With all of the above in mind, I agreed to do the ritual if I could figure out a way to do it responsibly and (as far as possible) safely. I decided not to attempt an “evocation to visible appearance”, but instead stuck with a ritual of invocation and offering. I would call upon the Kings of the Four Directions to bring the Elementals and keep them in line. I would make offerings to all four classes of spirits, so they would be fed and happy. And I would charge them with tasks to keep them too busy to cause mischief – specifically the protection of the festival grounds and all attending it, as well as helping all present in their own spiritual/magickal journeys.
But wait a second… the above plan had another issue. You see, I’m most famous as an angel-worker. And, when it comes to my kind of magick, the general public (even Pagans) have a tendency to be fairly accepting of the angels. Yet, there were no angels involved in my planned ritual. By calling the Elementals through the Kings (Oriens, Paimon, Amaymon and Ariton) I was specifically invoking spirits the grimoires refer to as demons. I was, essentially, planning to perform a goetic ritual at Phoneix Phyre! (And let’s not forget the backlash caused last year when an LHP occultist attempted to open a “hellmouth” at a festival in Nevada…)
I decided to remain quiet about this last bit. While my ritual was technically goetic in that it focused on sub-lunar entities (the only celestial being called was Adonai Zabaoth), it was not what anyone present would recognize as Satanic or even Left-Hand Path. While what I was doing had an element of danger to it, it was in no way “dark and scary.” Besides, I was certain (ok, I hoped) few – if any – of the attendees would even know who Oriens, Paimon, Amaymon and Ariton are. These guys are only listed as “demons” in the grimoires because anything that wasn’t an established angel was classified as a “demon.” (And, even then, the grimoires are never entirely clear which entities should be angels and which are demons.) The important thing is that they aren’t infernal spirits. Heck, they aren’t even strictly chthonic; they are simply spirits of nature.
So let me summarize all of this: I had been invited by a Pagan festival to perform a Biblical-based Solomonic goetic invocation of the four Demon Kings of the directions in order to summon all four classes of usually-rambunctious and possibly dangerous Elemental spirits. You might imagine why I was hesitant – and even up to the moment the ritual began I continued to warn the organizers that some people might be uncomfortable with what I was doing and wish to excuse themselves. I even made a speech at the beginning to warn those attending – but they all stayed and participated like troopers. 🙂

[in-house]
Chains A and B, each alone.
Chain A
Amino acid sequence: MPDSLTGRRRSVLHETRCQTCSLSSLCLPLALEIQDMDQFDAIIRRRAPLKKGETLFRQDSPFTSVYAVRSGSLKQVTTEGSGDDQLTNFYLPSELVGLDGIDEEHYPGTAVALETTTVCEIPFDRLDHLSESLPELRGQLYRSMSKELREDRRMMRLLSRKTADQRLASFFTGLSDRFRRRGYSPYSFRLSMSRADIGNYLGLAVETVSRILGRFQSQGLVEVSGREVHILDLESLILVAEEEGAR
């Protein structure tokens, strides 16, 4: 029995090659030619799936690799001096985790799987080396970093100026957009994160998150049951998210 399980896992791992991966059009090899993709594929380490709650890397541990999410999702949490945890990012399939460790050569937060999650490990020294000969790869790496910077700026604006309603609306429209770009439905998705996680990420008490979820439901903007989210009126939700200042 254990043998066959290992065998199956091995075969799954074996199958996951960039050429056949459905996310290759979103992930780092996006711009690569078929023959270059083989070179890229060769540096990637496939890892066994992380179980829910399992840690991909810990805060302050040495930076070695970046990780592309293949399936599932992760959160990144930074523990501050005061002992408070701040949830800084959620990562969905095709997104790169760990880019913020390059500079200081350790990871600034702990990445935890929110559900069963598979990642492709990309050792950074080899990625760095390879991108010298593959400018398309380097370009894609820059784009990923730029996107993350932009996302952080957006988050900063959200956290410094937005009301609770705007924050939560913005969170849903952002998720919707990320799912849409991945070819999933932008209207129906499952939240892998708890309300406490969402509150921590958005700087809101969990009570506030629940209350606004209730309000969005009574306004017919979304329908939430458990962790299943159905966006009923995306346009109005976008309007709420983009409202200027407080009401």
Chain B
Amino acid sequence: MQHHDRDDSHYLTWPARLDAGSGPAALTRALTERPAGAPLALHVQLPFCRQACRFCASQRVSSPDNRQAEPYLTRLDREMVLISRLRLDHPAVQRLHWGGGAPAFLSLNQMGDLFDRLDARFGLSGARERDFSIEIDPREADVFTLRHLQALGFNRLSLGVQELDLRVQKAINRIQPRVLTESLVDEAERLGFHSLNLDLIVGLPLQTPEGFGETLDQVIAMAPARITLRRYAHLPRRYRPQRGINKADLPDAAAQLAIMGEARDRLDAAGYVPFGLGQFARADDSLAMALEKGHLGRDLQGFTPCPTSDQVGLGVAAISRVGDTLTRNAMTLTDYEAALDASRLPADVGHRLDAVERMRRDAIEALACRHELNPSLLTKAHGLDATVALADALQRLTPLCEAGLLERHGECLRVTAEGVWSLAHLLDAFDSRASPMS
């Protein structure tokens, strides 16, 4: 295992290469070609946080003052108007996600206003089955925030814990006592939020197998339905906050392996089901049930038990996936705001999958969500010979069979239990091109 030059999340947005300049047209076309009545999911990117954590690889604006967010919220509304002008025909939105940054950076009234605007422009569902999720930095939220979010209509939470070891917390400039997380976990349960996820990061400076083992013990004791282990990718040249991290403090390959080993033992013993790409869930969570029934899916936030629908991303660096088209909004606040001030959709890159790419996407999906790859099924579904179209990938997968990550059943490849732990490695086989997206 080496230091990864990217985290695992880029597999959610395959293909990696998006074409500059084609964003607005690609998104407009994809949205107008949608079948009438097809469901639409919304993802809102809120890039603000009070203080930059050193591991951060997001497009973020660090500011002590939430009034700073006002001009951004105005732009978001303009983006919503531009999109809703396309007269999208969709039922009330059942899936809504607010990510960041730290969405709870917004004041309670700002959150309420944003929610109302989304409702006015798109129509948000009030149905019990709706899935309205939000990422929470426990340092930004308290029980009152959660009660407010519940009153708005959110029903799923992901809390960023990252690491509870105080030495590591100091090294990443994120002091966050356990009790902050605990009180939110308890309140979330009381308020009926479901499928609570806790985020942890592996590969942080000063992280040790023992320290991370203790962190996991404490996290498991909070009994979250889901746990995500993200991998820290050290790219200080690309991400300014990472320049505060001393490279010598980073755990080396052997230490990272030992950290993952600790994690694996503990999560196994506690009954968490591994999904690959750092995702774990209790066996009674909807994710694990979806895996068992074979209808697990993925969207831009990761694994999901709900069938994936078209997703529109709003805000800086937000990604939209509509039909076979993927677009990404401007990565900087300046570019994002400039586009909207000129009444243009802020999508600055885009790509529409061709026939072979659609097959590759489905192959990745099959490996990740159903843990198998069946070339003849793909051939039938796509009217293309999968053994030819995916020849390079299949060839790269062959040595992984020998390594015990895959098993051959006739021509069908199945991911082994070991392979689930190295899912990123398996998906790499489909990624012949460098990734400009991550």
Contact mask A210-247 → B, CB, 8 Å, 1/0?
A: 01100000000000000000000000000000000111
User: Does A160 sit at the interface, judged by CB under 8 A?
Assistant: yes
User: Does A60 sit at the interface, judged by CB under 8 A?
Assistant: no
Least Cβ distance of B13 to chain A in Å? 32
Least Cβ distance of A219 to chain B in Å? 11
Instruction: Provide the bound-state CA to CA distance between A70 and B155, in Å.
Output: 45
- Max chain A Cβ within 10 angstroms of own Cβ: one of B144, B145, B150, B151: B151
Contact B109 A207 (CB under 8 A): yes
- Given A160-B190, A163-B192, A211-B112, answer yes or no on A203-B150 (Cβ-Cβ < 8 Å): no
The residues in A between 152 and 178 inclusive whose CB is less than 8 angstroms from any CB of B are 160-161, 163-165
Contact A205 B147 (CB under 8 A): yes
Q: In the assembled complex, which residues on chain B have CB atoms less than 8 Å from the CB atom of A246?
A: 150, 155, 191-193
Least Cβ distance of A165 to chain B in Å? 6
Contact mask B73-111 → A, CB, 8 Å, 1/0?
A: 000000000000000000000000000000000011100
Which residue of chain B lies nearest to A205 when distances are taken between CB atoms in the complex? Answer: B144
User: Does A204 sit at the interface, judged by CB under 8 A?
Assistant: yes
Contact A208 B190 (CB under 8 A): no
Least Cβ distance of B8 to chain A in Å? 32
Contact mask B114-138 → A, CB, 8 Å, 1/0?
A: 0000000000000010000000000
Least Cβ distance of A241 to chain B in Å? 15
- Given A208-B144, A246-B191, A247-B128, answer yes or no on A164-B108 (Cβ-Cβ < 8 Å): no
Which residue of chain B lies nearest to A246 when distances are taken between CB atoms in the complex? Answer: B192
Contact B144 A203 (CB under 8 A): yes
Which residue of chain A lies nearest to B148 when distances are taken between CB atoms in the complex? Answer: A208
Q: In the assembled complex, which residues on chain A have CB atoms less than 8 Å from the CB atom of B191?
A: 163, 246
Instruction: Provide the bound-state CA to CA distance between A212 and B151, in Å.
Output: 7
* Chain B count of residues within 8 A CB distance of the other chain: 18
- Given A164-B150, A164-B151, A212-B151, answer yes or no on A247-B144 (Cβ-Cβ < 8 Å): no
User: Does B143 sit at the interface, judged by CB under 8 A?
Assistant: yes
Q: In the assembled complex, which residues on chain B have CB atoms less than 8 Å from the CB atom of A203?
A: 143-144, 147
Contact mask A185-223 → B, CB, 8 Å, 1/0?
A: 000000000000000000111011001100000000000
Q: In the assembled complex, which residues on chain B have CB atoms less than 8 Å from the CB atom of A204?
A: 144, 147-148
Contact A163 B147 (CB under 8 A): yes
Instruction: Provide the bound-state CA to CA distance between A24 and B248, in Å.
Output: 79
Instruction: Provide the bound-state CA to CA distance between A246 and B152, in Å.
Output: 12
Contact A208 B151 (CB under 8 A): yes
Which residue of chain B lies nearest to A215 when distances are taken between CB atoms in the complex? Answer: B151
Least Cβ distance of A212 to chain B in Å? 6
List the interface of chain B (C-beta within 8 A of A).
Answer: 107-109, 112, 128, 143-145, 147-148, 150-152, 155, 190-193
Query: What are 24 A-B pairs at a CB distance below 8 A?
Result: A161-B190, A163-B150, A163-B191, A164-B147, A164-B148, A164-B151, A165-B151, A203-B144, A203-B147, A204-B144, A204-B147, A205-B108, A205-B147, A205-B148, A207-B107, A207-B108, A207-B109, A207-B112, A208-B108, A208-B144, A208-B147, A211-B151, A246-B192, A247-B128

The Solomonic Invocation of the Elementals
Aaron and Carrie at the Ritual Opening
At home, before I left for the event, I performed an opening of my Abramelin altar – so that my HGA would be present and open the gates for me. To this end, I left a white seven-day candle burning to her throughout my time at the festival. She is my source of spiritual authority (and, technically, she was ONE Angel I did call in conjunction with the ritual). In many ways, what I was going to do was part of my Abramelin work – as the four Kings of the directions were bound to me by an Oath during that operation. Therefore I would later wear my Abramelin Robe and use my almond wand when convoking the Kings.
Aaron and Carrie at the Ritual Opening
At the festival, five altars were established – a white altar in the center with all the working tools, a Bible, the Key of Solomon, my Solomonic trumpet, the almond wand, Abramelin incense, etc:
Central Altar with working tools
In the four quarters were altars for the Salamanders, Undines, Slyphs and Gnomes:
The Eastern altar was red for the Salamandars, with a red candle and flowers, hot red peppers, bread and honey, water and cinnamon tequila. An earthen pot was filled with dirt taken from the eastern edge of the property, and Fire/Mars incense was burned upon it. I also included a photo of a Salamander as well as the image and sigil of Oriens:
Eastern Altar Before Ritual
The Southern altar was black for the Gnomes, with a black candle, green flowers (black was hard to find!), sweet chocolate, bread and honey, water and a dark beer. An earthen pot was filled with dirt taken from the southern edge of the property, and Earth/Saturn incense was burned upon it. I also included a photo of a Gnome as well as the image and sigil of Amaymon:
Southern Altar Before Ritual
The Western altar was yellow for the Sylphs, with a yellow candle and flowers, strawberries, bread and honey, water and honey mead. An earthen pot was filled with dirt taken from the western edge of the property, and Air/Mercury incense was burned upon it. I also included a photo of Sylphs as well as the image and sigil of Paimon:
Western Altar Before Ritual
The Northern altar was blue for the Undines, with a blue candle and flowers, tuna fish, bread and honey, water and white wine. An earthen pot was filled with dirt taken from the northern edge of the property, and Water/Lunar incense was burned upon it. I also included a photo of Undines as well as the image and sigil of Ariton:
Northern Altar Before Ritual
We began by lighting the Solomonic Lamp and Censer at the central altar with the proper exorcisms and blessings. Then I used the holy water and sprinkler – along with Psalm 51 – to purify everything on all four Elemental altars as well as the entire area. After that, I continued to use the water and sprinkler to splash everyone present – while reciting the Mertalia, Musalia… invocation from the Key of Solomon. Carrie followed along behind me to cense everyone as well.